There are many different reasons why you might need a urinary catheter. Whether you've just had an operation or have urinary incontinence, catheters can help to improve your quality of life. But due to anatomy, women may experience more medical complications or may have more difficulty engaging in daily activities than some men with urinary drain bags and catheters. To help reduce these frustrations, here are a few tips for female catheter care:
Although living with a catheter and getting used to catheter leg bag can be an adjustment, you'll be able to live a healthy and relatively active lifestyle with the right care. If you're in need of top quality urological supplies like catheter plugs and caps or urinary drain bags, take a look around our website or get in touch with us today! We're here to help you with all your catheter care needs.
Many women experience urethral irritation with their catheters. You'll need to wash with water and a mild douche or unscented soap at least once per day. Securing your catheter to your leg with tape can also reduce irritation. Any movement will pull the tape, rather than the bladder and urethra. If you have catheter leg bag extension tubing, make sure that this is also secure to minimize tugging.
Empty and clean your drain bags
You need to clean your leg bags on a daily basis with warm water and either soap or a vinegar mixture (to reduce odor). You'll also need to replace your bags regularly. Ask your doctor whether this should be done on a weekly or bi-weekly basis. To empty your drain bags, you should hold the bag over the toilet or container. Many bags have easy one-handed drainage to make this process easier. Make sure not to let your catheter plug or any part of the catheter leg bag extension tubing come into contact with the toilet surface.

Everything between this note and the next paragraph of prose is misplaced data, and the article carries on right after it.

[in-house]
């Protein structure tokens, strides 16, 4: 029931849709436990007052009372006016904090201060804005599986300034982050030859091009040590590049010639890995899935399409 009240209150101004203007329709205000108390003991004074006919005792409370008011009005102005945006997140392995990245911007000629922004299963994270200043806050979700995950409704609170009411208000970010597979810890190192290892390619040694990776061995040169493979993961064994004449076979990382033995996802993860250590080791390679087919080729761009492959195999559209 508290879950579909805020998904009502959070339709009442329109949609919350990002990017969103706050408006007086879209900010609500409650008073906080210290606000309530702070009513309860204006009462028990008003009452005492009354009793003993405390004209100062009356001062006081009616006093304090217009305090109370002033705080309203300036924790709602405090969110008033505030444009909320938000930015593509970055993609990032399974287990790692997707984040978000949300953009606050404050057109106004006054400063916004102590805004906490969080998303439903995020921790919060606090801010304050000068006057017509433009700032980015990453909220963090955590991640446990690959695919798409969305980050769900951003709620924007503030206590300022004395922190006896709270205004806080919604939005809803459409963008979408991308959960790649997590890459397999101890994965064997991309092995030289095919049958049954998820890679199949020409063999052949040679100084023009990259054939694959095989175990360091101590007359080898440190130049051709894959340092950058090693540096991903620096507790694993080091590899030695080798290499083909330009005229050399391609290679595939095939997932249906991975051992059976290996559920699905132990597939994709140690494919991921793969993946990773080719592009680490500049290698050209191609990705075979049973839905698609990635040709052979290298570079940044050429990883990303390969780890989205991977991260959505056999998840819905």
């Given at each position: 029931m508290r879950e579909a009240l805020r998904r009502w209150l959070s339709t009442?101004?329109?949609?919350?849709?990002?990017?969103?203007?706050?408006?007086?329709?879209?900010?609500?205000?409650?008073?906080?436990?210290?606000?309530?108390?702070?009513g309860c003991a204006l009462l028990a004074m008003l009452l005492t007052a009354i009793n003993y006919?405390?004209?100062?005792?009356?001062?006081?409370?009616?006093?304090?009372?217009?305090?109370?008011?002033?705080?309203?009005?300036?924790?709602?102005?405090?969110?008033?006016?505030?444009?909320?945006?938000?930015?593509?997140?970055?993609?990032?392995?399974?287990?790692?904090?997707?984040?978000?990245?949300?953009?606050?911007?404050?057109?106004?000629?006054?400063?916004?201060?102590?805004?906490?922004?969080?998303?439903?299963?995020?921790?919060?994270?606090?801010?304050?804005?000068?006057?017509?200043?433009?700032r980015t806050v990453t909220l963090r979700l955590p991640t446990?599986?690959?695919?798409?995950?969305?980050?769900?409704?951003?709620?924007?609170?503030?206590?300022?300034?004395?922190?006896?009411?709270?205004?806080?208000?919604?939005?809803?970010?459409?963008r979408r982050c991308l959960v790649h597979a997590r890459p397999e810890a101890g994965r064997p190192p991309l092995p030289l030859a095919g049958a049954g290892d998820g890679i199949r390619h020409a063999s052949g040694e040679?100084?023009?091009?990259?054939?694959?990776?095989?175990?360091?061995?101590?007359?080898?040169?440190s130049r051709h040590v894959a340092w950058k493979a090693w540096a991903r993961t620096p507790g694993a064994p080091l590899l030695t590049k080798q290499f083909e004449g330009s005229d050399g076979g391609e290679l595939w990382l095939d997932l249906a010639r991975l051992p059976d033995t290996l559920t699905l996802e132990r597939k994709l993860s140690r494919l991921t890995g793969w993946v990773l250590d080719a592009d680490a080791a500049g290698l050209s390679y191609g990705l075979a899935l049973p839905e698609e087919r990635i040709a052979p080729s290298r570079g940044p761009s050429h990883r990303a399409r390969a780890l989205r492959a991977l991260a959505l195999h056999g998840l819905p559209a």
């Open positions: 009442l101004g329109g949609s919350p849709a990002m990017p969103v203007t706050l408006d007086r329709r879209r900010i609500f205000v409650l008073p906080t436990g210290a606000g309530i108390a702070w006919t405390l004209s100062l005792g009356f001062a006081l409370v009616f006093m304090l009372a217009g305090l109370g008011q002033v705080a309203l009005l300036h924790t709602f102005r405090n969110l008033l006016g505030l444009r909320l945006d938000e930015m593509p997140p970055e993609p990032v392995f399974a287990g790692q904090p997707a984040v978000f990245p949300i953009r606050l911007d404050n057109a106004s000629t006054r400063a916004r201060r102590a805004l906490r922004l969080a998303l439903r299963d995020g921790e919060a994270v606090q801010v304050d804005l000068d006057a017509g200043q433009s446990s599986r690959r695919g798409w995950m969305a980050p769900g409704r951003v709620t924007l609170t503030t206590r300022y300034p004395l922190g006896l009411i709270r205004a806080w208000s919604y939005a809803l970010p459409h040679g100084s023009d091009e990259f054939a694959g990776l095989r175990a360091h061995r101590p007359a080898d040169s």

Blockage can be a concern. If you don't experience urine flow for over an hour but still feel the need to urinate, there may be blockage in the tube. To help avoid blockage, you need to drink plenty of water. Your doctor can give you a definitive idea of how much you should be drinking, but typically, patients should drink four to eight ounces of water every hour.
Watch for bleeding
While small amounts of blood may be entirely normal, you need to watch for sufficient bleeding. You should check both in your drain bag and around the catheter site. If you see redness or drainage around the insertion area, notice bloody or cloudy urine, or have a fever, contact your physician immediately.
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